On the Self-Reflexive Page
Louis Lüthi’s exquisitely authored and designed book On the Self-Reflexive Page (2010) documents the history of the page as a material arena to be foregrounded and exploited. This discourse of the page began with Laurence Sterne’s Tristram Shandy in the eighteenth century and was revived with the explosion of “metafiction” in the 1960s, continuing today in the work of Jonathan Safran Foer and others who dare to violate the verbal purity of literature. Lüthi’s book presents selected pages directly reproduced as whole objects. He writes, “Tristram Shandy marks what could be archly called the ‘invention’ of the page—the page not as the recto or verso of one of the leaves of paper that when bound together make up a book, but as a determined space at a specific point in a narrative.” The self-reflexive page has long attracted the distrust of critics, who view the incursion of non-linguistic elements into the space of literature as an indulgent diversion. —EL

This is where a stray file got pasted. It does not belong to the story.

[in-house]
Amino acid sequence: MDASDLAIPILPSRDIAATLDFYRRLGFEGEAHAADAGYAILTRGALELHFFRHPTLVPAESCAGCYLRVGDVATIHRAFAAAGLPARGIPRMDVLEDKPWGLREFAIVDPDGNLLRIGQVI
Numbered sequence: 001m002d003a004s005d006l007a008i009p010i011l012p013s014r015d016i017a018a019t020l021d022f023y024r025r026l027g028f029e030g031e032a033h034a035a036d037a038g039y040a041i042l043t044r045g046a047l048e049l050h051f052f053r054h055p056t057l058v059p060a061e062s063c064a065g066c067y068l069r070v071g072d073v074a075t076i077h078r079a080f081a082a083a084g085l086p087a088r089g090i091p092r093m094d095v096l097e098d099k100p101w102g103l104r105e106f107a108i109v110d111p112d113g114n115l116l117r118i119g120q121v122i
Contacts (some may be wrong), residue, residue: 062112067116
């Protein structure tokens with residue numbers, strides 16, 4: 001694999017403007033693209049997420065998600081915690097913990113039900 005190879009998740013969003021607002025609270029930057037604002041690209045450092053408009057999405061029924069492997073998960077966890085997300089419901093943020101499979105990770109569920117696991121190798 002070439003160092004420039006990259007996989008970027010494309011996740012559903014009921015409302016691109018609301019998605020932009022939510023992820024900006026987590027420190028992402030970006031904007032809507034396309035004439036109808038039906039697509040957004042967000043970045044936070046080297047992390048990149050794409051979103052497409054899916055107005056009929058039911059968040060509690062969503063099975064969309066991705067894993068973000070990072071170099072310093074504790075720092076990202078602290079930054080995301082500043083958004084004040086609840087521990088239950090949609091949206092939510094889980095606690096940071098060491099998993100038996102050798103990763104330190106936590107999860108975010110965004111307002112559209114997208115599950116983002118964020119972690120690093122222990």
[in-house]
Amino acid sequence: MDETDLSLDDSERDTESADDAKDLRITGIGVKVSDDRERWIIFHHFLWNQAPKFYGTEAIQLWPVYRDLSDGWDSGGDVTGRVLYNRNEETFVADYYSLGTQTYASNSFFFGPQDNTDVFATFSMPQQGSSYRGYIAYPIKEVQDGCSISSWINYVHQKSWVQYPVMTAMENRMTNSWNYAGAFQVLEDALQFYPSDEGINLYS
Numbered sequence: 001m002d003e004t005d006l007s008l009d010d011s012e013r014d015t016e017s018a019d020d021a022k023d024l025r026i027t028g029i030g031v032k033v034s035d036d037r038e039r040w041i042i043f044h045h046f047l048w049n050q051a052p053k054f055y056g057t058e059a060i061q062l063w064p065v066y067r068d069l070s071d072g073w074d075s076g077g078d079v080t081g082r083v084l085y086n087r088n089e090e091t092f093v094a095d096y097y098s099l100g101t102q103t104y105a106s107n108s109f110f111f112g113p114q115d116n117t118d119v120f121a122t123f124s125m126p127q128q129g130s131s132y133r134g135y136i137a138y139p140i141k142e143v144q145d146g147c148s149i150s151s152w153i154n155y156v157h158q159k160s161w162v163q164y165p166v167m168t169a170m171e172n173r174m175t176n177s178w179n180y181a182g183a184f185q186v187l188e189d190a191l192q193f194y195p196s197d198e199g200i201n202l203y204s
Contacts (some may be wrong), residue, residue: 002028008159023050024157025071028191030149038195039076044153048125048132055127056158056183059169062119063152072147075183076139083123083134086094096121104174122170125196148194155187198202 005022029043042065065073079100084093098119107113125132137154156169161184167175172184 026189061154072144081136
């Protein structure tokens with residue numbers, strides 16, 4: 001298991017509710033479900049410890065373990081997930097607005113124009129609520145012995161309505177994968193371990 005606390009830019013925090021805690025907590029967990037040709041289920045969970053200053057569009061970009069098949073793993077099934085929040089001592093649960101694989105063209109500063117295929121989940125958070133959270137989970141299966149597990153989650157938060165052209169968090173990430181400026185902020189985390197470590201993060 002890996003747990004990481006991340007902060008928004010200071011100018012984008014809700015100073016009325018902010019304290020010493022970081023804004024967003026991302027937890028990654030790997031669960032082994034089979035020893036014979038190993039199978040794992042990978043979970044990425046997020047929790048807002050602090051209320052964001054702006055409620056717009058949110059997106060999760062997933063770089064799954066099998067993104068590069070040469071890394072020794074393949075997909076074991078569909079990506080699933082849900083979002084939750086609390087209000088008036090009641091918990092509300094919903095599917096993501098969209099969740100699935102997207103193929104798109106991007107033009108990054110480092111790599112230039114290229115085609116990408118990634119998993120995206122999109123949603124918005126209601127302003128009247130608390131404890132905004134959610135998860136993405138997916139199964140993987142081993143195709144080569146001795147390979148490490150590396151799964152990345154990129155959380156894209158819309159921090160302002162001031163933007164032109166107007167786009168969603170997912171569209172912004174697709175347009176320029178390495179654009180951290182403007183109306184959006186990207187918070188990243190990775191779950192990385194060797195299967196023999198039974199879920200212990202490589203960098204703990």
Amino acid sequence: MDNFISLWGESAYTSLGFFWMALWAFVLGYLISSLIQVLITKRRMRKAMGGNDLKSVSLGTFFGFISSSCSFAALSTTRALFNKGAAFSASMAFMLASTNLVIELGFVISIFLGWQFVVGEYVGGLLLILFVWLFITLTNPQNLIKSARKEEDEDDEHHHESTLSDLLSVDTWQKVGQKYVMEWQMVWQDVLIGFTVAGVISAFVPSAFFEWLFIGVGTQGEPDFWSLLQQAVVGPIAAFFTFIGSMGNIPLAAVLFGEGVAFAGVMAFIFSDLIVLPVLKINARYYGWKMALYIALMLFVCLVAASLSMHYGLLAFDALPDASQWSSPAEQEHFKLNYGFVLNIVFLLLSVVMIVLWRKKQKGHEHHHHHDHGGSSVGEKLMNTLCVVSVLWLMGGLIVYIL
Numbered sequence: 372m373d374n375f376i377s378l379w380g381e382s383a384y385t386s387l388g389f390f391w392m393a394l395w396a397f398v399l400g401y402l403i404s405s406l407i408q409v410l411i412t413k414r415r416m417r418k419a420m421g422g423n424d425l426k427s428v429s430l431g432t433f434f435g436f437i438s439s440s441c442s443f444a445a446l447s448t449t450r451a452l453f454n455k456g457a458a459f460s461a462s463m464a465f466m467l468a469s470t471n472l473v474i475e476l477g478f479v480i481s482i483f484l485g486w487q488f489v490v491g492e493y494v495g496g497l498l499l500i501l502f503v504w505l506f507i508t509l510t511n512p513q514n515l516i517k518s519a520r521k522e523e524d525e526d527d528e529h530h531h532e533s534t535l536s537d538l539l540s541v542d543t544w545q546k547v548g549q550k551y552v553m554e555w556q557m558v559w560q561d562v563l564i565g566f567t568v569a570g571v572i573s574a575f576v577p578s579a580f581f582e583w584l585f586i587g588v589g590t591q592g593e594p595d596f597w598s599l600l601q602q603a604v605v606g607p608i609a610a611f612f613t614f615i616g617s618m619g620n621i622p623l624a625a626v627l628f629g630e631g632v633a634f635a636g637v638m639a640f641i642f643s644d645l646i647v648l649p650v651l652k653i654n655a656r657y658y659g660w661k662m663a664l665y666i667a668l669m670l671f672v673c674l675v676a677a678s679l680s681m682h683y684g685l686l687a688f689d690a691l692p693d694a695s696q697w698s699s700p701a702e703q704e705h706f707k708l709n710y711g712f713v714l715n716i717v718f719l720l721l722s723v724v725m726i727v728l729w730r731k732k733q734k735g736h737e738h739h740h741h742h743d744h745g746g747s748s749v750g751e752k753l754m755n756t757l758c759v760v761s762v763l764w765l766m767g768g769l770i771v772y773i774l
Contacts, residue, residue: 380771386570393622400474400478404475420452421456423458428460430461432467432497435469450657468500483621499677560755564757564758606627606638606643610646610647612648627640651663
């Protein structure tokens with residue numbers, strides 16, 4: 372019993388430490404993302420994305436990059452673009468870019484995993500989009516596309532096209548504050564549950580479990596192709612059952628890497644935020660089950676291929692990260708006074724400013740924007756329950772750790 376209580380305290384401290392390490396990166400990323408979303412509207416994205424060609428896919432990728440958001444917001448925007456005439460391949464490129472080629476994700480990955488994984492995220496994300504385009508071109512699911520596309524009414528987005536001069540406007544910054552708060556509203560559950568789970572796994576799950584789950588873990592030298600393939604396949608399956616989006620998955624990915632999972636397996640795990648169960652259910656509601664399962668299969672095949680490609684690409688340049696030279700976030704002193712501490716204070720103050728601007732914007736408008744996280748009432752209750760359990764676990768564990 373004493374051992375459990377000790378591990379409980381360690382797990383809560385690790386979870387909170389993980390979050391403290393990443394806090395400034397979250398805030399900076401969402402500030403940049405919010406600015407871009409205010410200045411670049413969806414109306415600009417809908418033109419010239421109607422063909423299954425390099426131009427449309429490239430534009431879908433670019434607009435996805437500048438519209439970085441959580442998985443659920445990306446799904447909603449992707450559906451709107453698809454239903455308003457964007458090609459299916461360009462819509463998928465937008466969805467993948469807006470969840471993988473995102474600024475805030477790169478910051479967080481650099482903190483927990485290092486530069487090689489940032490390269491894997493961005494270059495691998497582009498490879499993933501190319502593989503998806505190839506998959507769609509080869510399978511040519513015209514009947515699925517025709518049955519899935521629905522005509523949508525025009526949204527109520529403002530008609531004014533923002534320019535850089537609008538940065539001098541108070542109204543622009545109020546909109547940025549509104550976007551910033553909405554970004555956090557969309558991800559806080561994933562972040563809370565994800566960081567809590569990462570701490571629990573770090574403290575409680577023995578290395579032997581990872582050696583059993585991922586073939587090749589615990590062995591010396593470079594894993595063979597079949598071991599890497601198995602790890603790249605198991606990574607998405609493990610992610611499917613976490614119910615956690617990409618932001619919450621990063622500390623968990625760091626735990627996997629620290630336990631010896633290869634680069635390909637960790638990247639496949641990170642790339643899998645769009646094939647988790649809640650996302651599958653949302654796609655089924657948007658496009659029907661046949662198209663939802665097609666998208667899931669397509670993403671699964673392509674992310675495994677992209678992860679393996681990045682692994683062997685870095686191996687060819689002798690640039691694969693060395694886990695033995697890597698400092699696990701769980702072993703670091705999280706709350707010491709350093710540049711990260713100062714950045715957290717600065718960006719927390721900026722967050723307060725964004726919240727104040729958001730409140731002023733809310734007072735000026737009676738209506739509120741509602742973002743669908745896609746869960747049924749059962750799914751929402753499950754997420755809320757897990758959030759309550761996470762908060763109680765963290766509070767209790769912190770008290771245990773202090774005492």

On a side note: As a junior paper marbler geek (we’ve got a club), I’ve been obsessed with the legend of Tristram Shandy‘s marbled page—even ordered some back issues of The Shandean to read about the production requirements necessary to create 1000s of unique pages for the early runs of the book. So I was really excited when this book came out. The end. Oh and I’ve been interviewing an amazing master marbler for a while now, so look for that post coming soon.
Also in the show: Visual Edition’s rerelease/redesign of Tristram Shandy. There will probably be a post about that as well.